Social media has become a big part of my life and I’ll be the first to call myself out on it and openly admit it. I’m not ashamed of it – why would I be? It has helped me to stay in touch with one of my closest friends as she moved across the world from me; it’s given me countless of opportunities to express myself, it’s brought some amazing people into my life. But I still consider myself ‘healthy’ in the realm of social media; while yes I’ll sometimes mindlessly scroll through my newsfeed whilst waiting for my train to reach the station or a class to start, I can also go without it and not feel the ‘withdrawal’ symptoms some experience when being ‘cut off from the world’. But are you really cutting yourself off? Or are you merely shutting the door behind you and stepping out for some fresh air while your eyes capture the sunset – instead of your camera?

In this day and age, with technology running the world, everything is greatly impacted by social media, to the point where deleting your social media apps from your phone or other electronic device can easily be perceived as an act of self-love, extracting yourself from what’s captured on a couple inch screen and distracting yourself with simply being.

The social media world, it’s a trap – if you let it be one. If you don’t swim against the current of its rules, it’s far too easy to tangle yourself up in a cyber cycle where emotions and feelings are reduced to pixels and bytes and everything is fast and faster; the speedier the internet connection, the fresher the news. With everything just a click or a swipe away, it’s easy to become accustomed to the ‘art of fast’: fast news delivering forth the fast fashion and the latest scoop on how to upgrade your life. As if life were an app downloaded on your phone.

Numbers aren’t just a matter of stocks and Wall Street anymore; instead they’ve taken over the lives of many. I’ve had people tell me that they couldn’t score certain deals because their following wasn’t high enough and they didn’t want to cave into the taboo trend of ‘buying followers’ (which yes, it’s a thing, if you haven’t heard of it yet and yes, it is as dumb and bizarre as it sounds). In other instances my friends had to list down their social media handles when applying for jobs, with the question unsaid but hanging in the air: what’s your number?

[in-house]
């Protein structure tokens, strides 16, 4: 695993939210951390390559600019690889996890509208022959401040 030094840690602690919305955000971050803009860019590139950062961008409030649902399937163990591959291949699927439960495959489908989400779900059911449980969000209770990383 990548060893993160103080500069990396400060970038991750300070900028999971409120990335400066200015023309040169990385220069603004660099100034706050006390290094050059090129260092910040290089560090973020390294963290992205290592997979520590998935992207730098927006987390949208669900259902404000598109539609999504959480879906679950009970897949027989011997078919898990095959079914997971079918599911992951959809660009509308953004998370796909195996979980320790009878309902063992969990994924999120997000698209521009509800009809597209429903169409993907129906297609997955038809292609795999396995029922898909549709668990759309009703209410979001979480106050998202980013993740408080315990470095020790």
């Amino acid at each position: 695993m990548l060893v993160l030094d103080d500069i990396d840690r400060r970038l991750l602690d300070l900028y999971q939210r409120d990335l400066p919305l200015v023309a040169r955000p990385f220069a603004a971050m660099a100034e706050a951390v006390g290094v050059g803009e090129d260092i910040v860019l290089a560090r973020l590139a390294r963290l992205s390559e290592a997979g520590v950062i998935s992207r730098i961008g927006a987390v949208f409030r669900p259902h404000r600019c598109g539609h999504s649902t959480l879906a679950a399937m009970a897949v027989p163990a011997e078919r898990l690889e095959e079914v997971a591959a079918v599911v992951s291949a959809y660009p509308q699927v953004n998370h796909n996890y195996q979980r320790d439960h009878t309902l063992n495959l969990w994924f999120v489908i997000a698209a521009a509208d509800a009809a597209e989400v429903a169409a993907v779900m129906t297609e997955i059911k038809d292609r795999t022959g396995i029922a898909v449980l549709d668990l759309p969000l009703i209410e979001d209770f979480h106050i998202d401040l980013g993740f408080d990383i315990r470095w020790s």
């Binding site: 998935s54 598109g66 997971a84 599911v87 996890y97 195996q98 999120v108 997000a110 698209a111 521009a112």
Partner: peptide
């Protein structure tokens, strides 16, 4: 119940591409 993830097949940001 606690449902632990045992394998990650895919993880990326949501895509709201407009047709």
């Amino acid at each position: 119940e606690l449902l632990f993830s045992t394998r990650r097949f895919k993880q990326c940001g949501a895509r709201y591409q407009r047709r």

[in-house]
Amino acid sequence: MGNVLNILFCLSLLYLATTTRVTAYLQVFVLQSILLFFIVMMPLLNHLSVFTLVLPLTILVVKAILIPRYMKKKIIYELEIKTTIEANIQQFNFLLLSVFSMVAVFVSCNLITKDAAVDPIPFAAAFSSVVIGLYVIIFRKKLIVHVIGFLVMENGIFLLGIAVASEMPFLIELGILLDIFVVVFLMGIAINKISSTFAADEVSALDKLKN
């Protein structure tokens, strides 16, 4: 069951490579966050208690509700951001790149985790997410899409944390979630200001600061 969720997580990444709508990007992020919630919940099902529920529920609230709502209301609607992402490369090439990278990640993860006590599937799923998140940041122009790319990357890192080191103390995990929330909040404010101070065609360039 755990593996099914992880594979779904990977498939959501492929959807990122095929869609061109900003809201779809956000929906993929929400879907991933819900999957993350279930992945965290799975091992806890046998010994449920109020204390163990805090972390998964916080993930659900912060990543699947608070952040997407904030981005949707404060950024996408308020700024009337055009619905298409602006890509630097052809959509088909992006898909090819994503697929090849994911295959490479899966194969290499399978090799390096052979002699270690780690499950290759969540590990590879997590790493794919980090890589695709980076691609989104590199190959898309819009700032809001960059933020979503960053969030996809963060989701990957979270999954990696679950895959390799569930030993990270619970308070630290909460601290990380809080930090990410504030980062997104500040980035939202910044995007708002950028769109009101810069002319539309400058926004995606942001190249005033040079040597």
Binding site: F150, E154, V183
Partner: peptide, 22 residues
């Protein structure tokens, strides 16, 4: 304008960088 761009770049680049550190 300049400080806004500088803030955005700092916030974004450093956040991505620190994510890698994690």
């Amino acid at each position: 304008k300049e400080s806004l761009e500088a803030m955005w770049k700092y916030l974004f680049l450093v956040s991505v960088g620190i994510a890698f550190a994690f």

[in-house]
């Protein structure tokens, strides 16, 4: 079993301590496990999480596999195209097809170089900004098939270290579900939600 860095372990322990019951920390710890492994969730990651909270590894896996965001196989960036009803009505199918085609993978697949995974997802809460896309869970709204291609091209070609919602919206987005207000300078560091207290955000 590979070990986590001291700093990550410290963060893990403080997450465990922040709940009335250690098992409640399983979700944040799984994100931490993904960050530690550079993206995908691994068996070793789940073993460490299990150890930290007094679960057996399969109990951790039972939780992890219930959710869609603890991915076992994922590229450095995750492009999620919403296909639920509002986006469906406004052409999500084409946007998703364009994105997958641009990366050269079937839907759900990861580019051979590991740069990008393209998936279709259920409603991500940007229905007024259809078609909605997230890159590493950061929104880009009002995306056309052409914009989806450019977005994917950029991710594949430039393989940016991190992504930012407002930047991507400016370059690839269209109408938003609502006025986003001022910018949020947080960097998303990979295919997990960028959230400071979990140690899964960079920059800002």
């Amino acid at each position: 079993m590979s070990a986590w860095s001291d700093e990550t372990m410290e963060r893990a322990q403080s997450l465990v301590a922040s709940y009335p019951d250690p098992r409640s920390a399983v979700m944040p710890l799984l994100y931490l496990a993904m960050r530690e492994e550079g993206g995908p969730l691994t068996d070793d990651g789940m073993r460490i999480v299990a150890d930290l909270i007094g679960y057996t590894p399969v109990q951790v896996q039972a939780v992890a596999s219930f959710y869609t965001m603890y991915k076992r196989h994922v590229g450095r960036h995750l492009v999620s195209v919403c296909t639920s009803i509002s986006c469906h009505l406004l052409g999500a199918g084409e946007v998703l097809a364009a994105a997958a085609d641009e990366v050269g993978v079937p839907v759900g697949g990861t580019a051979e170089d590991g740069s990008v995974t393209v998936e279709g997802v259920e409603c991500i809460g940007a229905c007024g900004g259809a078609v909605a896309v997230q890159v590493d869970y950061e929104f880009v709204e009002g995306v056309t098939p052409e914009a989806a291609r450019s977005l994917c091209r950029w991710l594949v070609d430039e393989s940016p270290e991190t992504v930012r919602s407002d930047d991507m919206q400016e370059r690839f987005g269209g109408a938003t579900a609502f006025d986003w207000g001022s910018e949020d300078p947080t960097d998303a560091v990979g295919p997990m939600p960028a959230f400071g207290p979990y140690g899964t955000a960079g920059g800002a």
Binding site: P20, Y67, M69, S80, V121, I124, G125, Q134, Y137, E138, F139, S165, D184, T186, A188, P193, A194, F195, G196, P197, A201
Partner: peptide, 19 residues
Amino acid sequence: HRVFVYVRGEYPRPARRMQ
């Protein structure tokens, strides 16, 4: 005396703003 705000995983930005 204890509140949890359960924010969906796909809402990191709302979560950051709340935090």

I once went out with a guy who’d told me, completely shamelessly, that if he posts a picture on Facebook and it doesn’t get more than 20 likes in a certain amount of time, he’ll delete it, always.  “What’s the most likes you’ve ever gotten on your profile picture?” he asked me whilst fishing his phone out of his pocket to open the app and show me his. He then proceeded to huff about how he doesn’t have nearly enough Instagram followers. I left him on the doorstep of my friend’s building that night, knowing that I could never be with someone who was so blatantly obsessed with numbers. Economists excluded.

It got me thinking; have we really reduced ourselves to likes and comments? Are we, as a society, so obsessed with fast things that relationships end before they can even begin? Have we found ourselves in a real life glitch we can’t get out of?

I’ve heard people say that if you’re not online nowadays, it’s as if you don’t exist. But they’re wrong; the living, the breathing, the existing starts beyond our screens. And while I won’t be deleting my social media anytime soon because receiving a snap from a friend in New York enjoying a concert and then afterwards telling me all about it is far too precious to me, I’m not saying no to every now and then taking a step back from it all. And looking around me to see what I’ll find, so I can make some memories and tell her all about it when I come back.



Text: Maja Podojsteršek

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